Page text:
The Indigenous business sector, Indigenous business data custodians, corporates and government stakeholders can take a leading role through the following initiatives:

  1. Indigenous business data custodians to expand coverage of registries and continue contributing annually to the development of I-BLADE
  2. Indigenous business sector leaders to develop initiatives to grow the coverage of Indigenous owned business on these registries
  3. Individual Indigenous businesses with an online presence that identify as Indigenous to have their ownership verified with business registration across all relevant registries to maximise their business exposure
  4. Governments working with researchers to synchronise the collection of business statistics such as sector, business age, industry, Indigenous verification status and location that can be used to verify how different businesses that are linked to BLADE are from businesses that cannot be linked.
  5. ABS to help develop BLADE by improving the understanding of why 40% of Indigenous businesses on registries are apparently inactive for tax purposes. Shedding light on the reasons for inactivity is important for measuring business termination/survival, a key performance measure for the sector that we hope to capture in future waves of I-BLADE.
  6. Governments and corporates to share procurement data and employee and Indigenous community wellbeing data for the purpose of measuring impacts of IPPP and the flow-on public benefits to community and the rest of Australia.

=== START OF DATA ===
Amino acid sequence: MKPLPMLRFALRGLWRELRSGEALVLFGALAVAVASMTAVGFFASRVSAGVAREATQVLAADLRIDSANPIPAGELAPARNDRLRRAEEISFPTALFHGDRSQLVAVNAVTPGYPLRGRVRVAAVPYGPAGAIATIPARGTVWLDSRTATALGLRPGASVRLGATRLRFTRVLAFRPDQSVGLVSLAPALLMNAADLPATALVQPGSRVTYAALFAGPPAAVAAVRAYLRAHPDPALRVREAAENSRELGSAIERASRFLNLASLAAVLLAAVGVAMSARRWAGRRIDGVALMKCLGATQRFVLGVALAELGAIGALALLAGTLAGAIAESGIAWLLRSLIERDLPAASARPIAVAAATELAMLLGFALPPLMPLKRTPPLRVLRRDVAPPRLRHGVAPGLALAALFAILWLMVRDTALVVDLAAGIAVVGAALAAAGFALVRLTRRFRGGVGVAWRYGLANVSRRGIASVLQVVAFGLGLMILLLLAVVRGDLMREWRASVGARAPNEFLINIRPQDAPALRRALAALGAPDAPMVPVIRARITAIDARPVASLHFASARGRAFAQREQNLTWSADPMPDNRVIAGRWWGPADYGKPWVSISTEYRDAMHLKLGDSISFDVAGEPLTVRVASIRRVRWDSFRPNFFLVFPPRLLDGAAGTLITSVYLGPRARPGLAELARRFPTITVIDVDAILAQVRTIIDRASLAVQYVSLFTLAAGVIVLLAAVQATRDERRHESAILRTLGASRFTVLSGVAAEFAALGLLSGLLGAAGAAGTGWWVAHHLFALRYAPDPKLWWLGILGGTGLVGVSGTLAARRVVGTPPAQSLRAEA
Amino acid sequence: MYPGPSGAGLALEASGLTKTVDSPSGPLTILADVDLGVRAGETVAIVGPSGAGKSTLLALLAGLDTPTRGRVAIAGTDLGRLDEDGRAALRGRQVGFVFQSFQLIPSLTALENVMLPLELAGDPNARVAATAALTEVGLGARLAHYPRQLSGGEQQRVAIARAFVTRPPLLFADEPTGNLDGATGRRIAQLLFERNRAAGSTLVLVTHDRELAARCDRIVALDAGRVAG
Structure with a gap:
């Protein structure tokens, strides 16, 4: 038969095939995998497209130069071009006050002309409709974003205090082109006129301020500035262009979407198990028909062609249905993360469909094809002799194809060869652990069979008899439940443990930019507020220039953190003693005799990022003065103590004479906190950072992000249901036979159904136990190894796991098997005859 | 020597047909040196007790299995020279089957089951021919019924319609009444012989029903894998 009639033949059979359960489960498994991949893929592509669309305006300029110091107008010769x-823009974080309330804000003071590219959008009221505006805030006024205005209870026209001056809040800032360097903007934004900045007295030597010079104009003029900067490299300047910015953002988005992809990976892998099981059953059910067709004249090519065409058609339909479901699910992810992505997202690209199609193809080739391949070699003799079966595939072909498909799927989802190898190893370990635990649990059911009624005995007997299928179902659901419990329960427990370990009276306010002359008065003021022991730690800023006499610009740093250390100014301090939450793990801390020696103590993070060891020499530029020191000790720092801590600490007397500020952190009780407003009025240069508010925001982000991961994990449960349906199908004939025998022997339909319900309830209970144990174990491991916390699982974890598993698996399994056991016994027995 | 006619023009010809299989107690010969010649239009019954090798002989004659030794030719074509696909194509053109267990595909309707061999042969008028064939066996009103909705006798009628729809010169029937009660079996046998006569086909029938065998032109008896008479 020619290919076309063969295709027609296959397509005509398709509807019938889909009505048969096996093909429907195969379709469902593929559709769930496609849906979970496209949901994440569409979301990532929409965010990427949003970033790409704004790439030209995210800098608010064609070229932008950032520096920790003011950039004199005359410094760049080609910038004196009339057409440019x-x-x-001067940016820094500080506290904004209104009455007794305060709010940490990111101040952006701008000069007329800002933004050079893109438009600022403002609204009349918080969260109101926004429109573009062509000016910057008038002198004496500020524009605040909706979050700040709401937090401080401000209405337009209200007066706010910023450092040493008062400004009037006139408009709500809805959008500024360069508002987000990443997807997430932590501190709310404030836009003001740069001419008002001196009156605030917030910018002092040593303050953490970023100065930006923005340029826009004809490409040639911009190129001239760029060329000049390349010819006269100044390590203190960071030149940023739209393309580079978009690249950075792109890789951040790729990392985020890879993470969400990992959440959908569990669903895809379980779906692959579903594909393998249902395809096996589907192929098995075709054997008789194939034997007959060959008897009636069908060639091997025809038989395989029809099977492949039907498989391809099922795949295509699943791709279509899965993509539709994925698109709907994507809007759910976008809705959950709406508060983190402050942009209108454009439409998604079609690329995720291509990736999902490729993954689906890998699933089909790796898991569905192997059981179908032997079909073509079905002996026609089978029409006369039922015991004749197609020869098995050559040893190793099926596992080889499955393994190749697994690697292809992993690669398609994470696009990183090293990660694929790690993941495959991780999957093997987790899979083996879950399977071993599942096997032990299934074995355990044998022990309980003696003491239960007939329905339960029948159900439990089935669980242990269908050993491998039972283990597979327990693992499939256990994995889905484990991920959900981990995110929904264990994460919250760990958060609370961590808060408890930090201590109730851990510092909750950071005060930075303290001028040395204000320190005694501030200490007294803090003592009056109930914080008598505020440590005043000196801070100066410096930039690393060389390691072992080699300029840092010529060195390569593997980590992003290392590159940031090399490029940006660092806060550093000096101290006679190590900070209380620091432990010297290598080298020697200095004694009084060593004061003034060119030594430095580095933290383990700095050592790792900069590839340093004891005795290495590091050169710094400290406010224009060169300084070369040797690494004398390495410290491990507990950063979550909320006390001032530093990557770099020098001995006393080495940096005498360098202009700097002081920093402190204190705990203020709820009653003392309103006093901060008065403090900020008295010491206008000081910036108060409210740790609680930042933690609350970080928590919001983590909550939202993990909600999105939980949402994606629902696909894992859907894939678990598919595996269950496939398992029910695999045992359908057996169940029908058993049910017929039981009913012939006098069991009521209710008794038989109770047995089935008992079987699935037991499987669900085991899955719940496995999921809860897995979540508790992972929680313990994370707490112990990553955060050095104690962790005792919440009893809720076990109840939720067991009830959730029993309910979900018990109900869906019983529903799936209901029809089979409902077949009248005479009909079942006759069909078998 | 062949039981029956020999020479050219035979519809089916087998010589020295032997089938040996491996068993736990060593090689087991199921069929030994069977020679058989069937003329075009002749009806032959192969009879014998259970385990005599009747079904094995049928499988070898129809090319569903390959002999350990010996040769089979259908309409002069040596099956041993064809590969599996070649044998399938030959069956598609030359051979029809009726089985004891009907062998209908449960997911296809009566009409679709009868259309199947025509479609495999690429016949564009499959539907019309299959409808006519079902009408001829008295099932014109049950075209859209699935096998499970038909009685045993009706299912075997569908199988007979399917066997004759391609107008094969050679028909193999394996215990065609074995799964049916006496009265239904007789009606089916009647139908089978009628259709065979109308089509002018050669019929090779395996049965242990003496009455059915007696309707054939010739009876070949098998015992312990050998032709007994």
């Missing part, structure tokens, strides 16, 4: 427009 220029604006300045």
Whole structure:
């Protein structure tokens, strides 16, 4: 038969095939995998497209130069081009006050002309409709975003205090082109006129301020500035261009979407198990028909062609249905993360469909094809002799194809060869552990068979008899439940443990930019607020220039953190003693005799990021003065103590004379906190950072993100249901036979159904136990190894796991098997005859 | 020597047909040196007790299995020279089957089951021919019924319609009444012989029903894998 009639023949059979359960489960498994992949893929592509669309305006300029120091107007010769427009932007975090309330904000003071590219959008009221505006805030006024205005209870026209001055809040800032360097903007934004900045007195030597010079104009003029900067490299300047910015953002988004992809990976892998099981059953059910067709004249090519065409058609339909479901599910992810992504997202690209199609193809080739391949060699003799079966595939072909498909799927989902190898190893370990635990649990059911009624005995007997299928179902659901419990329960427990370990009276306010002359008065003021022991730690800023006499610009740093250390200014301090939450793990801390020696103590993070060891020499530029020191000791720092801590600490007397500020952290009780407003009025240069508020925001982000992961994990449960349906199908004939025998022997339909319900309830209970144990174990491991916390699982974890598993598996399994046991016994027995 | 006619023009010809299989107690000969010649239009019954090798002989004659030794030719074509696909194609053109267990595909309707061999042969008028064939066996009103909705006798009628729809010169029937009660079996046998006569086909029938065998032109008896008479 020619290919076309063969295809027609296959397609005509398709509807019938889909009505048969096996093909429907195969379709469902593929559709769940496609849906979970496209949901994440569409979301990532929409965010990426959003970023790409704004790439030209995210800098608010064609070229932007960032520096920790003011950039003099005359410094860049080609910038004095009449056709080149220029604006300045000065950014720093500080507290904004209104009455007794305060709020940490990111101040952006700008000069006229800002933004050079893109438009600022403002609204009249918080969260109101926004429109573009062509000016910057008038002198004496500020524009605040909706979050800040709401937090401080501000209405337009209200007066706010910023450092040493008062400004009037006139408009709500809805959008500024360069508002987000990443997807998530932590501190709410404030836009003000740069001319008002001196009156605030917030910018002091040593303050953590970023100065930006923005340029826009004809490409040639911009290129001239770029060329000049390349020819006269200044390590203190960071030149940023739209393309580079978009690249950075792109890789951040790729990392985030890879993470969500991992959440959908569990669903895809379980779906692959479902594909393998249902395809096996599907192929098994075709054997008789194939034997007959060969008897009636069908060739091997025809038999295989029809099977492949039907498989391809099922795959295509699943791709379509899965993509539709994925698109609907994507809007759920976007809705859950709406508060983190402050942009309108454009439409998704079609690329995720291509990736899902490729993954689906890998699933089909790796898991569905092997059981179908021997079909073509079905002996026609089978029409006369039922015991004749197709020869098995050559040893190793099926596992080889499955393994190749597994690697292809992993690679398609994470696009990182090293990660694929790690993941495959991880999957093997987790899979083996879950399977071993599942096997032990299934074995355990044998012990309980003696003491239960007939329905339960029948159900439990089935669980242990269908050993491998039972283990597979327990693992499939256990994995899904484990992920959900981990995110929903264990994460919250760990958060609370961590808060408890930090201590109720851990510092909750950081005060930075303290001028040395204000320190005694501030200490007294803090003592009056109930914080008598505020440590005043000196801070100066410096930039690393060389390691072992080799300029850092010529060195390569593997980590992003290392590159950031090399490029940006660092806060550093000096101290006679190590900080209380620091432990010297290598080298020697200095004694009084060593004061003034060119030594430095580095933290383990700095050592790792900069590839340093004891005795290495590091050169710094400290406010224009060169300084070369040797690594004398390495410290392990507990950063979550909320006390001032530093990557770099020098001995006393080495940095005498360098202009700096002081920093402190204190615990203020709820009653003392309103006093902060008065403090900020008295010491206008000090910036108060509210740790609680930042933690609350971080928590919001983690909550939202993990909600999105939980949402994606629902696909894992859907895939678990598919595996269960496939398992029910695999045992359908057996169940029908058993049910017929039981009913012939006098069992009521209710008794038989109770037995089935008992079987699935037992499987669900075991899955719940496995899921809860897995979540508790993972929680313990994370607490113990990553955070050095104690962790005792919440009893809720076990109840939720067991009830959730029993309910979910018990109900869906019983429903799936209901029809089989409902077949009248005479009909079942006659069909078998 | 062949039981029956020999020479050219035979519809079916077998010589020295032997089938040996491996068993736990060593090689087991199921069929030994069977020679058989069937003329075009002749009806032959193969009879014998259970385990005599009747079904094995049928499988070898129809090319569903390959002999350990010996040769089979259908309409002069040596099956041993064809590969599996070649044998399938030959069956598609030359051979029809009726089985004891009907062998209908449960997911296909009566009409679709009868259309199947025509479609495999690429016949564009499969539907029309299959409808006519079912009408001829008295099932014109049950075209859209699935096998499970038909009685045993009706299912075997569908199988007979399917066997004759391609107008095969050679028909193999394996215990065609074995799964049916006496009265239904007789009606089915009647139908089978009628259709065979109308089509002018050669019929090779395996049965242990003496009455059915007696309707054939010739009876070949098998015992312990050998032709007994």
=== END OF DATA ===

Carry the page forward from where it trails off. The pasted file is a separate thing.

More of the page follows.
Together we can help shape the future of the Indigenous business sector.

Important note

Source for all figures: I-BLADE 1.0, restricted to businesses that are active for tax purposes. Indigenous businesses are from Indigenous business registries (Supply Nation registry, ICN Gateway data, Victorian Aboriginal Business Directory or the ORIC database).

Download the Snapshot

Want to know more? Please click here for the full Snapshot 1.0 report that includes in-depth explanations of our methodology, insights and more.

Snapshot 1.0 (PDF) Snapshot 1.0 (ePub)

Research Partners

  • Australian Bureau of Statistics
  • National Indigenous Australians Agency
  • bp Australia and Ironbark JV partners Beach, Cue and NZOG
  • Crown Resorts
  • BHP
  • Fortescue Metals Group
  • Minerals Council of Australia
  • Supply Nation*
  • Industry Capability Network Ltd*
  • Department of Jobs, Precincts and Regions State Government of Victoria*
  • Office of the Registrar of Indigenous Corporations*

*Indigenous business data custodian

Banner artwork by Marcus Lee Design